It's a small exhibition but "50 Artworks for 50 Years" at the Museum of Fine Arts, St. Petersburg, gives us a look into how permanent collections are built. The museum is celebrating its 50th anniversary and set a goal of acquiring 50 new works in 2015. It has exceeded that goal, with donors providing either the art or funds for 60 and counting.
As a comprehensive museum, it includes all eras in human history and all media, and the new acquisitions reflect that. Only about one-third of them are installed in a small upstairs gallery, and the plan is to rotate them periodically so all will have a public viewing. This first group features paintings, prints, glass and sculptures mostly by contemporary artists, though there are a few earlier prints and drawings.
Along with the usual information about the artist, wall labels often explain what a work brings to the collection. Sally Rogers' Untitled glass vessel, for example, is from her acclaimed "Earth Strata" series in which she uses canes — rods of colored glass — to mimic layers of fossilized materials.
As always, the labels contain information about the donors. I always note them and give silent thanks. Among them are Stan and Iris Salzer, longtime museum supporters whose most recent gift is a suite of prints by Sandro Chia, created in 1989 at the prestigious atelier Graphicstudio at the University of South Florida. Chia became a prominent figure in the neo-expressionist movement, which was a revival of figurative or representational art and a response to the rise of conceptual art, beginning in the 1970s. Surprising Novel, Chapters 1-7 tells its human story using men and women, abstracted somewhat, in seven scenarios. Bright colors and strong lines characterize each. In one of the most whimsical scenarios, the people become flowers clustered in a vase, pondering a real flower floating nearby.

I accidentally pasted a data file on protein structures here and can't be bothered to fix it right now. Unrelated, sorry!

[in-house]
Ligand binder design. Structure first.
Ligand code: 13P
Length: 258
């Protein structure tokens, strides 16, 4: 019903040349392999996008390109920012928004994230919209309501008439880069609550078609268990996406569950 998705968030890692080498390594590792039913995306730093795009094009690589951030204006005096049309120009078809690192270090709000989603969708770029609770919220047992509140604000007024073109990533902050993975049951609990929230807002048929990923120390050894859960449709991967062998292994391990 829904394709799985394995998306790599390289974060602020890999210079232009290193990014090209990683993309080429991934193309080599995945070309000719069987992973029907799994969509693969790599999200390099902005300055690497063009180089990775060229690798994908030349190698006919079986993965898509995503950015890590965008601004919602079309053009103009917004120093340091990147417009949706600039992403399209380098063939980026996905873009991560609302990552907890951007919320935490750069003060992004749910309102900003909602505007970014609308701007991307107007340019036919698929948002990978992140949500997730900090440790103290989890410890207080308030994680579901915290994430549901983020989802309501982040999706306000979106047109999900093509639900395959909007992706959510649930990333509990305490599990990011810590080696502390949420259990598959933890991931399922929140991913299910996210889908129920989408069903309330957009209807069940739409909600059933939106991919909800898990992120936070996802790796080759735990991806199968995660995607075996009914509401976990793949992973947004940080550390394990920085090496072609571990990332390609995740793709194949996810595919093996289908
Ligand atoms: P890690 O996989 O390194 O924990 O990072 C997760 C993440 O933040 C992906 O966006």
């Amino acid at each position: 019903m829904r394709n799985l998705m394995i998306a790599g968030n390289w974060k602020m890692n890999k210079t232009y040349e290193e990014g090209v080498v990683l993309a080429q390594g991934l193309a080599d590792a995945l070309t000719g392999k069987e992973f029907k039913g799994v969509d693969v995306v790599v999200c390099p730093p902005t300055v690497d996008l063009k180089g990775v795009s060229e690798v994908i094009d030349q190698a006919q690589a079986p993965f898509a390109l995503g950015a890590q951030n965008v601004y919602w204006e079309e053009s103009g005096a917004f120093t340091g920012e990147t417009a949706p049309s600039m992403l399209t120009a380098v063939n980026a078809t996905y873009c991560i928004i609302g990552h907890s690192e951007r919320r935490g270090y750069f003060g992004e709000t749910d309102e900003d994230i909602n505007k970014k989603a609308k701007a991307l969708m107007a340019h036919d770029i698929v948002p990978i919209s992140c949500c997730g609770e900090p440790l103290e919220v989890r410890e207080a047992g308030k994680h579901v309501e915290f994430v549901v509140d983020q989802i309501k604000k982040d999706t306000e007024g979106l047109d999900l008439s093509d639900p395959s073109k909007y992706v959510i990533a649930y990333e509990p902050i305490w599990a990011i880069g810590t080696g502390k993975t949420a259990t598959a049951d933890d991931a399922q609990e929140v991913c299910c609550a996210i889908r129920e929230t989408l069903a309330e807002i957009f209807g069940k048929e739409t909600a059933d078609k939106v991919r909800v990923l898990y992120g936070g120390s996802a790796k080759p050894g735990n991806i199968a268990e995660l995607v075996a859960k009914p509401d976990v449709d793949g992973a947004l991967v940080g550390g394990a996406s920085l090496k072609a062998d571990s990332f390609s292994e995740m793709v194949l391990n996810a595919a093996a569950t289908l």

Rocky Bridges is a familiar name in our area as a resident and successful artist, but he has a national reputation and is represented in many collections. Now one of his mixed media works resides in the museum thanks to Eric Lang Peterson. He is most famous for his use of found materials — we would call them junk in most cases — and his sensitive repurposing of them. Angel of Mercy (1991) is an early work, when he was living in New York and became familiar with 20th century artists such as Cy Twombly and his texts and scribbles and Robert Rauschenberg and his combines. Both influences are apparent — Angel actually seems both homage and experiment — and through the years he has grown into his own uniqueness while continuing to reference those influences.
The museum has a strong group of 19th century art, including prints, and with Lothar Uhl's gift, it now has two more by Henri de Toulouse-Lautrec. The most charming is an 1893 lithograph (printed posthumously about 30 years later) of a young nude woman. In it we see the artist's greatest skill, as a draughtsman who always got his lines right.
Contact Lennie Bennett at firstname.lastname@example.org or (727) 893-8293.